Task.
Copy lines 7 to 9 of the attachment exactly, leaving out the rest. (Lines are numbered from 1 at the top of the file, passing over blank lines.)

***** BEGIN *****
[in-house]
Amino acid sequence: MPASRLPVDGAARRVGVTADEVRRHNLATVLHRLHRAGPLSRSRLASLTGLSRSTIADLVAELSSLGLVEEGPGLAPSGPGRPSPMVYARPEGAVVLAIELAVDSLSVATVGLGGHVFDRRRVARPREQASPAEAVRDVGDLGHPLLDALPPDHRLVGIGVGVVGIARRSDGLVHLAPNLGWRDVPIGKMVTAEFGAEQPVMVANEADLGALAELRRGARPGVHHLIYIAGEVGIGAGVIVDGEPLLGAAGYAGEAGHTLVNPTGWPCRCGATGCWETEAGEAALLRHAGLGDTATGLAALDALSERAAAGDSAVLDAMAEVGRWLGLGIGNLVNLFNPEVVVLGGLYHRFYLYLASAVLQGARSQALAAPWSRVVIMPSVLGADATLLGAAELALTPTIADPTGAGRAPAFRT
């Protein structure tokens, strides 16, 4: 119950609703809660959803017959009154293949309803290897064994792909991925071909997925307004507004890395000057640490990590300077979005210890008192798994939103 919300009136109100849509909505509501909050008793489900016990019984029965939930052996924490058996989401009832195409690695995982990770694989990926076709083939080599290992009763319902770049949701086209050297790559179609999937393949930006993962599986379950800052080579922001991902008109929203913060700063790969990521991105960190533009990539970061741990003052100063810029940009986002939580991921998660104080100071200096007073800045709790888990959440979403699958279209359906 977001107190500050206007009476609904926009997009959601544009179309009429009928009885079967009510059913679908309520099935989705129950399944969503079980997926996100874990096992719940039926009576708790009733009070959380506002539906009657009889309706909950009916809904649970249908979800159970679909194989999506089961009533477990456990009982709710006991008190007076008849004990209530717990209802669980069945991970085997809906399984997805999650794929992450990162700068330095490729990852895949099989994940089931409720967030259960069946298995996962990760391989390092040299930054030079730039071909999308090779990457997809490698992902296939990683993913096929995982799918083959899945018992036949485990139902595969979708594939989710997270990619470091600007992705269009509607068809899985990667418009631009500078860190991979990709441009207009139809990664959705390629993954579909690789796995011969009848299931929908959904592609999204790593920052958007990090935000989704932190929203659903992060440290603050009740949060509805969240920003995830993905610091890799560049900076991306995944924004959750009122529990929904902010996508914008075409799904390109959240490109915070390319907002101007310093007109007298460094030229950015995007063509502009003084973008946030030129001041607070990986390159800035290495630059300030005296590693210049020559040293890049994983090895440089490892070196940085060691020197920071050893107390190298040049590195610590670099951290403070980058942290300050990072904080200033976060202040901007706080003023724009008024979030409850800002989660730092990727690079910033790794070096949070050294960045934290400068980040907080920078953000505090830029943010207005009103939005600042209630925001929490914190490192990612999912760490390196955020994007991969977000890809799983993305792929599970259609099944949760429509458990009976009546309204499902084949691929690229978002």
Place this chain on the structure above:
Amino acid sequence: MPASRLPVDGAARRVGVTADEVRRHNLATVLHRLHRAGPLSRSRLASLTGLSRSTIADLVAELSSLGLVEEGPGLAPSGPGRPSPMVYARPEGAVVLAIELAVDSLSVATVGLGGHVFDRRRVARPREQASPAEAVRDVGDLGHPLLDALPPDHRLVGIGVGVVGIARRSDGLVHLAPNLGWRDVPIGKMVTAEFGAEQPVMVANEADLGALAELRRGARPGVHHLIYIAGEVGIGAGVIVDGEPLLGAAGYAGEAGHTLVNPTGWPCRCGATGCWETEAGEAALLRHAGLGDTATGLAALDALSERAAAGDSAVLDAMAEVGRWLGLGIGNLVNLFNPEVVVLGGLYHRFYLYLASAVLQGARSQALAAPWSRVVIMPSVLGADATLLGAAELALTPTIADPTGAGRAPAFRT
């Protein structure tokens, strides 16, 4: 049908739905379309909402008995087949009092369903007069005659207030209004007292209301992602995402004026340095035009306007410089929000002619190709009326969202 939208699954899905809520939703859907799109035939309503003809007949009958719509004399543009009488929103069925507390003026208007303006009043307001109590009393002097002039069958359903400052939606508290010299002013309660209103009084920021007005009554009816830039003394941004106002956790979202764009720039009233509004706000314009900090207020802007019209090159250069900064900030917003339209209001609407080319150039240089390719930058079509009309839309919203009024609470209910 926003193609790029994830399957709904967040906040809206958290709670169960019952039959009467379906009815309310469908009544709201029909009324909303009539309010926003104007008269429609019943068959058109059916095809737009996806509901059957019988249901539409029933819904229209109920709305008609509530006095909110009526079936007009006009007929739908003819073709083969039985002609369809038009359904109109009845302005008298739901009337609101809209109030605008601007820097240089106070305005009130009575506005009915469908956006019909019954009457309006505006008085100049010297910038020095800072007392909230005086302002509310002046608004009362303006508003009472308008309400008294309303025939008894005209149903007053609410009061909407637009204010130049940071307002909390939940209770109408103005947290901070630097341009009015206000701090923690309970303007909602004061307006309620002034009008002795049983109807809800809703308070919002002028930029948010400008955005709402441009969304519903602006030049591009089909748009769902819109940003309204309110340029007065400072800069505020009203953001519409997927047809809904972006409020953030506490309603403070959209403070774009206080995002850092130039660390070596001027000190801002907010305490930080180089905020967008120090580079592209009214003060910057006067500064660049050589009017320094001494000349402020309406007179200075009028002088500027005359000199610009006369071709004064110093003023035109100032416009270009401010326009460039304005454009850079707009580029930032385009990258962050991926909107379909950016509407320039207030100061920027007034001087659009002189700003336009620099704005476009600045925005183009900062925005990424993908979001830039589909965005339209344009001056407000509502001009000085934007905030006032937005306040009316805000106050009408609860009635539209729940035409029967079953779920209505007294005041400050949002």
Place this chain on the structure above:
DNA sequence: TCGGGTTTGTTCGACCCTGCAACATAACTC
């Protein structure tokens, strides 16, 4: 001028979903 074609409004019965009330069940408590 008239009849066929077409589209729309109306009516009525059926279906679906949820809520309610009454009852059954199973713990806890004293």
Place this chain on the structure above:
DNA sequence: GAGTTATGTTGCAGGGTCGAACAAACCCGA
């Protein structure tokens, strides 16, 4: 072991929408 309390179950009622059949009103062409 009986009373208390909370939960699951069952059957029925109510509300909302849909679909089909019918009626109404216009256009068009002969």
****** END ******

Place this chain on the structure above:
DNA sequence: TCGGGTTTGTTCGACCCTGCAACATAACTC
């Protein structure tokens, strides 16, 4: 001028979903 074609409004019965009330069940408590 008239009849066929077409589209729309109306009516009525059926279906679906949820809520309610009454009852059954199973713990806890004293």